In this paper we contribute to this task by fitting the Heuristics Switching Model (HSM), introduced in Anufriev and Hommes (2009, 2012), to a recent experiment on expectation formation presented in Heemeijer et al. (2009) (HHST, henceforth). This experiment is one of several “learning to forecast” experiments that have been performed in the CREED laboratory of the University of Amsterdam (UvA). Participants of these experiments have a single task to predict next period’s realization of an aggregate variable (price), which depends on the average of all individual predictions. The details of the pricing equation may change in these experiments, see the examples in Hommes et al. (2005, 2007, 2008) and Sonnemans and Tuinstra (2010). These early experiments have already pointed out that the type of feedback between expectations and realization is important. In the “hog cycle” model of a market for an agricultural good with a production lag, when the expectations about next period’s price are high, producers produce a large amount of the good and the realized price is low. This is an example of a negative feedback system. The opposite situation holds in positive feedback systems. For example, if expectations about the future price of a speculative asset are high, the demand for the asset will increase and the realized price will be also high. Experiments in Heemeijer et al. (2009) focus on the role of the feedback type. In a perfectly symmetric setting, where the only difference between two treatments is the sign of the average forecast in the pricing equation, two different qualitative patterns have been observed. In the negative feedback treatments, where higher expectations lead to lower price, the realized market price converges to the fundamental level very quickly and remains there for the rest of the experiment. In contrast, in a positive feedback market, where higher expectations lead to higher price realizations, the price exhibits fluctuations and long lasting deviations from the fundamental level. The purpose of this paper is to demonstrate that a single model of individual expectations can explain these different aggregate outcomes.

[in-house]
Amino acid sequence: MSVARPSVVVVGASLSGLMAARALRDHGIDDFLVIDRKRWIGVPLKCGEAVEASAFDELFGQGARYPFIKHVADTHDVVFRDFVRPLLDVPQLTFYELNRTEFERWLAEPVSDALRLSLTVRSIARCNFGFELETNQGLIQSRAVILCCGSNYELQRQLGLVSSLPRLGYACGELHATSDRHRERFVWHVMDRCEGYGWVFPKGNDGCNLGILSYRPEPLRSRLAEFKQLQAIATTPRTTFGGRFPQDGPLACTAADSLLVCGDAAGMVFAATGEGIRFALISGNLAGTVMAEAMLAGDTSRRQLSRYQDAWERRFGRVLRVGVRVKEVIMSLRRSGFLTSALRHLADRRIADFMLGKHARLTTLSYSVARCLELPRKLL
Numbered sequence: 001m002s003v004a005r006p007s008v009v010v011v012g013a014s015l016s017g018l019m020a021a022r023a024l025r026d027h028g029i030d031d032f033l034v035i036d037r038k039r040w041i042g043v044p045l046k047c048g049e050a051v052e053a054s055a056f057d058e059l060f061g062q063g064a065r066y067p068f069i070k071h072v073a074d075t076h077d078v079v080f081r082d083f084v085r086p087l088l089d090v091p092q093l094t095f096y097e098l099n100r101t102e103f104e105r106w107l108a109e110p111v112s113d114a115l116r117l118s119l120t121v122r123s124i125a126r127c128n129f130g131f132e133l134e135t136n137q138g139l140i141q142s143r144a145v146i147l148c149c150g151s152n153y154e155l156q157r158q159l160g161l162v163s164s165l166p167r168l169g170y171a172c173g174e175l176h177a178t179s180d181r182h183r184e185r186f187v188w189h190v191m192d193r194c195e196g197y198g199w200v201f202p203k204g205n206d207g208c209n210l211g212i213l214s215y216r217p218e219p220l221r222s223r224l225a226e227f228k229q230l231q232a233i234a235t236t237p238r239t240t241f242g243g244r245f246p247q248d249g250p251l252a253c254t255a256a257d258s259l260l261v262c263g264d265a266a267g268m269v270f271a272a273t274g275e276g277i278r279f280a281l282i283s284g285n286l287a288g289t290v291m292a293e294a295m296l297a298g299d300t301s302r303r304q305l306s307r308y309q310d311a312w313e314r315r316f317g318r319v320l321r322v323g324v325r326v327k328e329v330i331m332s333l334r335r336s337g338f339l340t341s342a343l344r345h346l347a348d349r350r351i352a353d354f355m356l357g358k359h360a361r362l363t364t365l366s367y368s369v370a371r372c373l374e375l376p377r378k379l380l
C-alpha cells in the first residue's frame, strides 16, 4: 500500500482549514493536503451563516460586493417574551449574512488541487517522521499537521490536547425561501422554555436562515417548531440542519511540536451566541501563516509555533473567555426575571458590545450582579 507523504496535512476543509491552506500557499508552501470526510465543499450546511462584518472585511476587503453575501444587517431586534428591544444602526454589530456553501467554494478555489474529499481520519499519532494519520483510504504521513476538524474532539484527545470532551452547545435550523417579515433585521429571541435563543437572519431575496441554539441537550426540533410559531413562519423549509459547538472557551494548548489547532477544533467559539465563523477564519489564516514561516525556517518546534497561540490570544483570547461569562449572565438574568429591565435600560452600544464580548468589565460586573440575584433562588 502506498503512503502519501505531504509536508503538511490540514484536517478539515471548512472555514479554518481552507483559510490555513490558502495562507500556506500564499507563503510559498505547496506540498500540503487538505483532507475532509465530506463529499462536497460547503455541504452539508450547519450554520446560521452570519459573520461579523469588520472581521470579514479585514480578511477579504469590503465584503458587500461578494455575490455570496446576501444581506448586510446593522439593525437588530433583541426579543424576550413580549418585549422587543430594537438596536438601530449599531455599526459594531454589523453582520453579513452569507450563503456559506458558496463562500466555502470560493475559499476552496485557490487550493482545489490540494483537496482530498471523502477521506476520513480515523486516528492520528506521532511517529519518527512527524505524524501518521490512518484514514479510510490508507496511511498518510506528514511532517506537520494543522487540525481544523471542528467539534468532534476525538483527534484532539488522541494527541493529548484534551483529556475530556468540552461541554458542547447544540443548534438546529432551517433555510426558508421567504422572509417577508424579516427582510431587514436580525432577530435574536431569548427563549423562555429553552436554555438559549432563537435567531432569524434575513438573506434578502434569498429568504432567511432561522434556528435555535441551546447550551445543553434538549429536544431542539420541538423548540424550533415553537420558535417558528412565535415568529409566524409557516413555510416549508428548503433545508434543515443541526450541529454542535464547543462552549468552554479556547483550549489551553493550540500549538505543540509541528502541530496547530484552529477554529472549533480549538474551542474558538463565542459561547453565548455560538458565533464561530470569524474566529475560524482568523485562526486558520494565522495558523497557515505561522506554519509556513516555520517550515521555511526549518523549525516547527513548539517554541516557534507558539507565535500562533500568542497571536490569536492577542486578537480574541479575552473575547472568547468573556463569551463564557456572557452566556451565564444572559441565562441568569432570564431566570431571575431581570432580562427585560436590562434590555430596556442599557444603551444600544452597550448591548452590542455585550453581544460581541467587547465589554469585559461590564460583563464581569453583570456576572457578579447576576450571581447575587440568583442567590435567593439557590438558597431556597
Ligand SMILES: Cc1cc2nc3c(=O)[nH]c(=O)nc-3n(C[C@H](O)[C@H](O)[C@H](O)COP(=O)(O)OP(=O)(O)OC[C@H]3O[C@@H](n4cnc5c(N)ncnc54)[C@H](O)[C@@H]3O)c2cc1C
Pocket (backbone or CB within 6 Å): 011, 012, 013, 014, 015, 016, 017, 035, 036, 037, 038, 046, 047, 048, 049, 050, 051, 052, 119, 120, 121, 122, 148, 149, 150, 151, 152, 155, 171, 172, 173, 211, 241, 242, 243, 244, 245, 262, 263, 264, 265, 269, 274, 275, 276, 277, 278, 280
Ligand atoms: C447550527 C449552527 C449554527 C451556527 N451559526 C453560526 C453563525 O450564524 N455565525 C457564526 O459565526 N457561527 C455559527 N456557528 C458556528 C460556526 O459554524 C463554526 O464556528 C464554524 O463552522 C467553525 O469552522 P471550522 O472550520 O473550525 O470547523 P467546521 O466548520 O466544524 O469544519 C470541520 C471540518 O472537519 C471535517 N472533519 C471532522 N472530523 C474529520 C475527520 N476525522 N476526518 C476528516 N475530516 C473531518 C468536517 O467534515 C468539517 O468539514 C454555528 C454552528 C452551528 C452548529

Estimation of individual forecasts in HHST reveals that participants of the experiment tended to use simple behavioral rules in their forecasting activity. These rules strongly depended on the feedback type. This paper takes these results as a starting point to fit the data with a heuristic switching model (HSM) which also explains why different rules are chosen under different feedback. This HSM proposed in Anufriev and Hommes (2012) extends the adaptive belief framework of Brock and Hommes (1997). In the HSM agents’ expectations are governed by several behavioral heuristics, e.g., adaptive or trendfollowing rules. Agents switch between heuristics learning to use those heuristics which performed better in the past. The impact of different heuristics on the aggregate price is, therefore, changing over time, explaining different aggregate outcome observed in the experiment. For the negative feedback experiment we find that in the initial periods the adaptive heuristic performs much better than the others. As this heuristic attracts enough participants, the price dynamics exhibit convergence to the fundamental level with small oscillations around it due to small noise. Along this converging time path the adaptive heuristic performs slightly better than the others, supporting this outcome in the long run. In the positive feedback environment the performance of the trendfollowing heuristic is better. When this heuristic is used by a majority of participants, the price deviates from the fundamental value leading to persistent price trends, and confirming the dominating trendfollowing heuristic.